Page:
The expression “love is blind” is based on a person’s failure to recognize disagreeable or deal-breaking traits in a fianc? or spouse. How many New York couples have experienced shock following an intoxicating romance, engagement and storybook wedding?
Some spouses complain their partners changed for the worse after marriage. In truth, the euphoria of falling in love and the anticipation of marriage often override signs of incompatibility. No one wants to dwell on negatives when being in love feels so joyous.
A couple dates, becomes engaged and marries with approval and applause from family and friends. The encouraging audience disperses the moment the couple returns from the honeymoon and settles into everyday life with its mix of stresses and delights.
The celebrated couple begins a routine marital journey with shared realities of job expectations, house management, new family relationships and financial obligations. Any blinders that were worn until this point often begin to slip away from a spouse’s eyes.
While many couples thrive in marriage, some spouses are caught off guard by a new partner’s behavior. Money managements can be a sore point, especially for couples who spent little time in the past discussing finances.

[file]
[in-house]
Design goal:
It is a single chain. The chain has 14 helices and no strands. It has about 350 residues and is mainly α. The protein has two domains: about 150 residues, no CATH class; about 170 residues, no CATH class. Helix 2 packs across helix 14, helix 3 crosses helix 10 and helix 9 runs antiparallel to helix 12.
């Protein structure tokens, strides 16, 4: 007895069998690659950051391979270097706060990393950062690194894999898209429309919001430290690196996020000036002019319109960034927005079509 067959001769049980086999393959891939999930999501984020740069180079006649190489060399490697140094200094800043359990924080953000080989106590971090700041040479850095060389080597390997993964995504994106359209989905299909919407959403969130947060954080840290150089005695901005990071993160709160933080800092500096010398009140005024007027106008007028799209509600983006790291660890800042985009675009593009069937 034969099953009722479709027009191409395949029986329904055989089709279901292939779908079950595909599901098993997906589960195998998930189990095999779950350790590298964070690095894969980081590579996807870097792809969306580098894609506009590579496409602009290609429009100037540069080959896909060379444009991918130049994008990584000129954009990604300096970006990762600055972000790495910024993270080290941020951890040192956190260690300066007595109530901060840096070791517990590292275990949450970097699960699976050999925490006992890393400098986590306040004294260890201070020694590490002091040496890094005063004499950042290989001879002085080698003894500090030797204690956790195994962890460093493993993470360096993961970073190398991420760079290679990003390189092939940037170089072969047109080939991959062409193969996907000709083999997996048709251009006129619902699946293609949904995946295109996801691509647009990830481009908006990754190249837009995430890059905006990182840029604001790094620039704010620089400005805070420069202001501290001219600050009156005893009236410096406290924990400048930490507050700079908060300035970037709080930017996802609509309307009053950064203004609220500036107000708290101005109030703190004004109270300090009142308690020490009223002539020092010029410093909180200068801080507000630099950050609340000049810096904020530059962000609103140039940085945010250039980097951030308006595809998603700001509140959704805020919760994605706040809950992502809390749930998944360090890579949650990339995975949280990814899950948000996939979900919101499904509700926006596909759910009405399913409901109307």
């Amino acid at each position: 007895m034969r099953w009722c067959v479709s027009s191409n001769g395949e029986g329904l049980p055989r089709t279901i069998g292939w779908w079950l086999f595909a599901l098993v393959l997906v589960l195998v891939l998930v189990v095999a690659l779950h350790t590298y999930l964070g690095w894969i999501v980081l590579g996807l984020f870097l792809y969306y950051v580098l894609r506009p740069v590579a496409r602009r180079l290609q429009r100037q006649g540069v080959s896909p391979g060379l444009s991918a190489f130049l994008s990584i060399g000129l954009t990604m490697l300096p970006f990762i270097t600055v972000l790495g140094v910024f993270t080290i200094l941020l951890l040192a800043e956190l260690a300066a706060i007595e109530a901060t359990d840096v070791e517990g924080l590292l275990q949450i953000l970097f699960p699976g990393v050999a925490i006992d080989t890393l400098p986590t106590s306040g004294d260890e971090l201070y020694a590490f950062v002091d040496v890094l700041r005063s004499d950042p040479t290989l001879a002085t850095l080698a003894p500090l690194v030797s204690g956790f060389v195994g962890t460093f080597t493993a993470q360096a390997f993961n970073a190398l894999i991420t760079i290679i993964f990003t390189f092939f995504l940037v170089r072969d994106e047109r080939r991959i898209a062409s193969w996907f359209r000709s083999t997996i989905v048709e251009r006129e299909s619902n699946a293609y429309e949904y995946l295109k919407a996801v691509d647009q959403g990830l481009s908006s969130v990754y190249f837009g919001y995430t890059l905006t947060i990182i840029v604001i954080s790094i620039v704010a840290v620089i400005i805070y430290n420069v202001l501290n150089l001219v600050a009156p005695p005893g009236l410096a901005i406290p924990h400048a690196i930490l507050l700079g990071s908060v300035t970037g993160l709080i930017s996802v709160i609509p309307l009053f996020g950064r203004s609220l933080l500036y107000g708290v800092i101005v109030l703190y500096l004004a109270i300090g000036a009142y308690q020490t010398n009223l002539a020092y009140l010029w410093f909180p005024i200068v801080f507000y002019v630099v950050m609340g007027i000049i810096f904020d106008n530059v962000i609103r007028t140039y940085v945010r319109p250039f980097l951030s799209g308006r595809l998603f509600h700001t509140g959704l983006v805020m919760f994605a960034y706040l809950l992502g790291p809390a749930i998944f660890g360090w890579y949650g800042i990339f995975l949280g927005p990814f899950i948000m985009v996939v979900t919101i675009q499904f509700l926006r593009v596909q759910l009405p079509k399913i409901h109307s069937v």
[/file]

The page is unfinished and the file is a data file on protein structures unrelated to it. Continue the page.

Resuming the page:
Some spouses learn that a partner is a wasteful spender or has significant personal debts that were previously hidden. The revelation may cause resentment, distrust and eventual anger in the partner who was unaware of these problems.
Money issues are a frequent cause of divorce. Unfortunately, financial damage during marriage – past-due joint bills or taxes, defaulted mortgages, bad credit and bankruptcy – often plagues both ex-spouses into the future.
Couples counselors and money experts recommend frequent and honest financial discussions prior to marriage. Full disclosure of assets and liabilities, a budgeting plan and financial hopes are among the topics important to both parties.
Attorneys help clients understand the impact of marital property and equitable distribution laws on a divorce settlement.
Source: forbes.com, “How A Divorce Helped Me Take Control Of My Money” Harriet Klein, Jun. 07, 2013